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If you are climbing through the chess ranks rapidly and steadily, you probably don’t need any additional motivation since you already know what you are up to.
However, from my experience, most club players reach a plateau that is quite hard for them to surpass. They start associating themselves with a certain level (“I’m a 1500 player”, “I’m 1700”, “I’m 2000”) and have to deal with not only a skill gap but also a psychological barrier that separates them from higher-rated opponents. This is especially true for those of us who don’t have much experience facing titled opponents. In such cases, some amateurs feel as if they are doomed from the start once they get paired against a master.
Positive affirmations are a powerful tool when it comes to boosting one’s self-esteem and chess prowess. You have probably heard advice from life coaches to allocate some time for smiling at your image in the mirror and saying things such as “I love myself” or “I am a great person”. The same technique can and probably should be applied to chess.
One of the ways of setting this up is having a whiteboard in front of you where you write down your chess tasks for the week. At the top of the board, put a title, such as “FM John Smith”, filling in the desired title and your name. It is important to formulate it in the present tense. Not “I will be rated 2500 by the end of the year”. No. Write “GM Anna Smith”, as if you were already there.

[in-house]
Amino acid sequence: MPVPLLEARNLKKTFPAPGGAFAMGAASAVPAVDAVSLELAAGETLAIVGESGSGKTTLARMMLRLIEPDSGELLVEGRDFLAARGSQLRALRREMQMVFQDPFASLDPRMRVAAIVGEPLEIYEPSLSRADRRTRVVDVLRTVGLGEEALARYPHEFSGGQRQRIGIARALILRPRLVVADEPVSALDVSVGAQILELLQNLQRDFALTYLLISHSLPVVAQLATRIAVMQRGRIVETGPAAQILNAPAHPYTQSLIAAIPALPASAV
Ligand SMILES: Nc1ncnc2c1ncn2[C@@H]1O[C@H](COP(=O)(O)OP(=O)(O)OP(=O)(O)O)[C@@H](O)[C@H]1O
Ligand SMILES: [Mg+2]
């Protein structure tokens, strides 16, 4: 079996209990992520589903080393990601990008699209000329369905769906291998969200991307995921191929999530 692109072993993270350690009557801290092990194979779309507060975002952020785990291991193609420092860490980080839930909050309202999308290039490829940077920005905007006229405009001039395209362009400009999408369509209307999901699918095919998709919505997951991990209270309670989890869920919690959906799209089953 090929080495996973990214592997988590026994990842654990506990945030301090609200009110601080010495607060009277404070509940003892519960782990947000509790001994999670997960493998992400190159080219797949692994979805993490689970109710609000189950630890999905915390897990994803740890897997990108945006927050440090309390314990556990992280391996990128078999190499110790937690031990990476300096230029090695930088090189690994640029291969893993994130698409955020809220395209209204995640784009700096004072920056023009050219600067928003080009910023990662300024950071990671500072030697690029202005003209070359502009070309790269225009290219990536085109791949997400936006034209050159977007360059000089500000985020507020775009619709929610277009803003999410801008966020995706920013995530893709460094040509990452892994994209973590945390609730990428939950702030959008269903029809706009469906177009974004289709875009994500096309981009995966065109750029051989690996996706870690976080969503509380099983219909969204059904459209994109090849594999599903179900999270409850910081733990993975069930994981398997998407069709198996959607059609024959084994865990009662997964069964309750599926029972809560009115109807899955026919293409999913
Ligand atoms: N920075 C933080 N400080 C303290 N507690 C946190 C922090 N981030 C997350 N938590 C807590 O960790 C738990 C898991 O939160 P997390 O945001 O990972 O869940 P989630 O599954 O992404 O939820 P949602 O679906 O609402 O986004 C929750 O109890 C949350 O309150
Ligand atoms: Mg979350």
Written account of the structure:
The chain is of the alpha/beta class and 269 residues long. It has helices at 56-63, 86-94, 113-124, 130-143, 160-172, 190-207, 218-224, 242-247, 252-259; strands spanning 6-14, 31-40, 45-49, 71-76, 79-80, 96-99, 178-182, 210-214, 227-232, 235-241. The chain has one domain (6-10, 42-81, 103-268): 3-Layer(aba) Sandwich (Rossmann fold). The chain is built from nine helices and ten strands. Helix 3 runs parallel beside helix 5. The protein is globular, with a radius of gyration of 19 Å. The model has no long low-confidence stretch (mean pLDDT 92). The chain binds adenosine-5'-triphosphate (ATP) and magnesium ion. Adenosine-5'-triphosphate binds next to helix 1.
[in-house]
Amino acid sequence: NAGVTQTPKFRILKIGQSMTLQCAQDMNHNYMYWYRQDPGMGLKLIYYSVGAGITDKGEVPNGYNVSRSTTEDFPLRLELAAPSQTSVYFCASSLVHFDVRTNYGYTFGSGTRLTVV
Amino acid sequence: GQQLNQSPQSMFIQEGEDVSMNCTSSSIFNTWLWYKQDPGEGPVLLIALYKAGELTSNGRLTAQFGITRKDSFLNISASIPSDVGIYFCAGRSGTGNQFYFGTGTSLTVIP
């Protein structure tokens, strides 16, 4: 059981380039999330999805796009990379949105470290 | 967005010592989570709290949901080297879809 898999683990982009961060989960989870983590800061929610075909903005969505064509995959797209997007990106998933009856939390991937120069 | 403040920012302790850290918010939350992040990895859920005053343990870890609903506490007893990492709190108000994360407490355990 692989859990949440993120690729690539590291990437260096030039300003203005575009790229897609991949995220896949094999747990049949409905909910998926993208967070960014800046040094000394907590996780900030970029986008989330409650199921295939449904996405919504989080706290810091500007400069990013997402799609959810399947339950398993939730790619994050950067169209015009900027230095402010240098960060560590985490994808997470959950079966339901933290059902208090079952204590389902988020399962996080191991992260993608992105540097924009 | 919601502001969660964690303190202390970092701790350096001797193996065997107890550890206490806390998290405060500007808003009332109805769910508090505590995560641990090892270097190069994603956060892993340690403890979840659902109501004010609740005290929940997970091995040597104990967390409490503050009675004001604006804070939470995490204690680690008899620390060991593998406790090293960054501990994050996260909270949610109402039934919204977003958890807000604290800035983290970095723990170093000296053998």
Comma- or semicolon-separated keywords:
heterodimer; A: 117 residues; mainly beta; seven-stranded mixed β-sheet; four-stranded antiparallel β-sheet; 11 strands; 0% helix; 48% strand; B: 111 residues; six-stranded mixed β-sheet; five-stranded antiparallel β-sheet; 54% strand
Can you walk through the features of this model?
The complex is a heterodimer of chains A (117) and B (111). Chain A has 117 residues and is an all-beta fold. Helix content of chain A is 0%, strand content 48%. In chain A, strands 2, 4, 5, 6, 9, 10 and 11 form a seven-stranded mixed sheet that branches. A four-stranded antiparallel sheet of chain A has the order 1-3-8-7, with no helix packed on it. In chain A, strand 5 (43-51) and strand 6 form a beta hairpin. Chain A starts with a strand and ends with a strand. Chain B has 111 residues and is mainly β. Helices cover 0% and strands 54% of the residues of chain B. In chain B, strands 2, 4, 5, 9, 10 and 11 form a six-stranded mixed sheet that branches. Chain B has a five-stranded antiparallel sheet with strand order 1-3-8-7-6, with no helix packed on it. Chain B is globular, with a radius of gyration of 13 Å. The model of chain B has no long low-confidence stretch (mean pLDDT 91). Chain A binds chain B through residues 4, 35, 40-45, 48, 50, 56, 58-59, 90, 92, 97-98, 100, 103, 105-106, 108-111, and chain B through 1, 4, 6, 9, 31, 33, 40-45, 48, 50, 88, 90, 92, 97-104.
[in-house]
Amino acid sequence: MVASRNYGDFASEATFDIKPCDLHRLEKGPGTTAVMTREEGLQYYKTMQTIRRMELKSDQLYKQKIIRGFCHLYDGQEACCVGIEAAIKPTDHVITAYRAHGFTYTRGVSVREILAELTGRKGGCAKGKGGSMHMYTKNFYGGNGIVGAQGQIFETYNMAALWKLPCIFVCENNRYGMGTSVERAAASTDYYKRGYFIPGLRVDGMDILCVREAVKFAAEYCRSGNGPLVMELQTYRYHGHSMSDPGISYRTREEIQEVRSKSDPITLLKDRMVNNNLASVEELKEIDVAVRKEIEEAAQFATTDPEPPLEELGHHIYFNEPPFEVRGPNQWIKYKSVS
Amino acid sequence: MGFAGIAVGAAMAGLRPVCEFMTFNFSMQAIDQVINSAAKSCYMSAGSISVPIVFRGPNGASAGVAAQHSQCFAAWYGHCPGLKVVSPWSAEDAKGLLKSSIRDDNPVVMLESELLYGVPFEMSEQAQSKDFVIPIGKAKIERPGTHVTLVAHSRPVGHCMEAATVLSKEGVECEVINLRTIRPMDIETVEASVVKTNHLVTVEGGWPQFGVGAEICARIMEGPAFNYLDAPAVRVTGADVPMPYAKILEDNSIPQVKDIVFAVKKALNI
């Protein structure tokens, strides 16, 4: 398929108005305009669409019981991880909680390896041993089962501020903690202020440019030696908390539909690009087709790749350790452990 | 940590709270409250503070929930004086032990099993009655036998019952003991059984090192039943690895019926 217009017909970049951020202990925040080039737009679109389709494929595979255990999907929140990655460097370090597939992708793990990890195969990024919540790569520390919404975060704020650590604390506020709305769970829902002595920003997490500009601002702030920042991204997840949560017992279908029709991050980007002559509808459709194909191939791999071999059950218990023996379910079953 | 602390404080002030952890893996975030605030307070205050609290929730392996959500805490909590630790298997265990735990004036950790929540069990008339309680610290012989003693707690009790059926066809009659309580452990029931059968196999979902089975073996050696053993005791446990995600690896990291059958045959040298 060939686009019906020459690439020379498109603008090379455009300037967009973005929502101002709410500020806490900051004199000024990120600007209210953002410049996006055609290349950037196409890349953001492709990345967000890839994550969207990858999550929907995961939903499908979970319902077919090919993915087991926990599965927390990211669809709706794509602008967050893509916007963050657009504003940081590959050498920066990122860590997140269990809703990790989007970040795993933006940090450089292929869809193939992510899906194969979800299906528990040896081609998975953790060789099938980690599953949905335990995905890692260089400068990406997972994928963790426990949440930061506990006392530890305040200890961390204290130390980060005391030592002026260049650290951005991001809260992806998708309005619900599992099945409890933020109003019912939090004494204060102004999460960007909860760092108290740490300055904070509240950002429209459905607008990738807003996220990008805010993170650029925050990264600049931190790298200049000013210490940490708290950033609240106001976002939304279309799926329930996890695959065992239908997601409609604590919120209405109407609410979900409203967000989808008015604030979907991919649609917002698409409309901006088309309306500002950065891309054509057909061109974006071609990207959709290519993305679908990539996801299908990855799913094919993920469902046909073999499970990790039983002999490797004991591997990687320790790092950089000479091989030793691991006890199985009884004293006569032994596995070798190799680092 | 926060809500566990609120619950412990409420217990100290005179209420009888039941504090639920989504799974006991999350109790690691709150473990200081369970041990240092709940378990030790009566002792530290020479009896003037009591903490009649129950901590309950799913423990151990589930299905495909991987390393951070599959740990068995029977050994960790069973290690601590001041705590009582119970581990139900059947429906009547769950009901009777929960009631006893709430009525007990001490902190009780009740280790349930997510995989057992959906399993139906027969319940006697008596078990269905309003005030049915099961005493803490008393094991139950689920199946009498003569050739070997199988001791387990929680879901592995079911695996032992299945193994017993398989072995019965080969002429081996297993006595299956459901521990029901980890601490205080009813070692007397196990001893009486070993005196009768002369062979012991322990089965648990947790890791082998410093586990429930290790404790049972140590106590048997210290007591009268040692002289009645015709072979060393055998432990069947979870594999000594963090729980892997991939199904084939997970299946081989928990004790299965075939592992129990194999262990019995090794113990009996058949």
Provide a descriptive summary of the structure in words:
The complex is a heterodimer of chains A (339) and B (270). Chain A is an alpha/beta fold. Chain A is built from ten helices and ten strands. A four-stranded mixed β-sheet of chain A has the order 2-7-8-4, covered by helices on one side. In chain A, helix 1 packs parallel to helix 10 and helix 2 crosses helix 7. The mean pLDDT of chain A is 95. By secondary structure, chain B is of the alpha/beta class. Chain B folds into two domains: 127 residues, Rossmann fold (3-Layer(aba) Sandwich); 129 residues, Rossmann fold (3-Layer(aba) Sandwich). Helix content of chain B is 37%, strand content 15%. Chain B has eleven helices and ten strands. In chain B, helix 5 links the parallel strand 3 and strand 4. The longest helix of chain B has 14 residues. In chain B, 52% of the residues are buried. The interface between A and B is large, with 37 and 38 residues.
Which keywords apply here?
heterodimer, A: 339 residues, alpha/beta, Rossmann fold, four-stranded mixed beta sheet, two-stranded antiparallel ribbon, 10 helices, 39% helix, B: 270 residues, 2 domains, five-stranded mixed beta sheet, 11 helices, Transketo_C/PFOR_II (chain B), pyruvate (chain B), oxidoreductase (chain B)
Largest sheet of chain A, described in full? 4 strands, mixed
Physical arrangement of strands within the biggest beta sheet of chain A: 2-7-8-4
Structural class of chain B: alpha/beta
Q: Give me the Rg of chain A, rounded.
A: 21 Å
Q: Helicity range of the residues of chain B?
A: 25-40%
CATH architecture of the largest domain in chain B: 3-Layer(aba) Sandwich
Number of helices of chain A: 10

The tasks are placeholders and are not meant to be viewed as legitimate suggestions on how you should train to become an FM.
At first, the process may seem childish, and you may be dismayed and disgusted by how far you are from the person you dream of being. Some people are so unsure of themselves that they wouldn’t even dare to do it since it’s hard for them to believe it could be true. However, this method is beneficial in a number of ways:
Award-winning chess coach IM Pavel Lobach used to experiment with autogenous training when teaching his students. They had to listen to a tape recording with some positive affirmations. According to his experience, this technique can be quite powerful. In fact, it has been quite popular among athletes all over the world for a while already, but chess seems to be lagging in this department.
Another method that is a sibling of positive affirmations is the visualization of both your upcoming successes and your previous moments of glory. Whenever I had a debate tournament, I would envision in advance my speech and the audience’s reaction, imagining in the smallest detail how I was going to win the round and receive the trophy in the end. As a result, I kept winning one best speaker award after another. Recalling an episode when you played chess brilliantly in the past might help you regain confidence and overcome a negative trend in a current tournament.
P.S. Of course, this method alone won’t catapult you from amateur to FM or from FM to GM. Even magic has its limits, so no matter how efficient this technique is, you will still have to do quite a bit of studying and playing before your FIDE title matches the one you are aspiring to.
Do you have “World Champion” written on your whiteboard? Well, thanks to Magnus Carlsen, we know that becoming a World Champion is easy. All you have to do is to defeat the previous World Champion. To overcome the highest-rated player of all time, download the brand-new Magnus Chess Academy app and see if the champ can teach you a trick or two!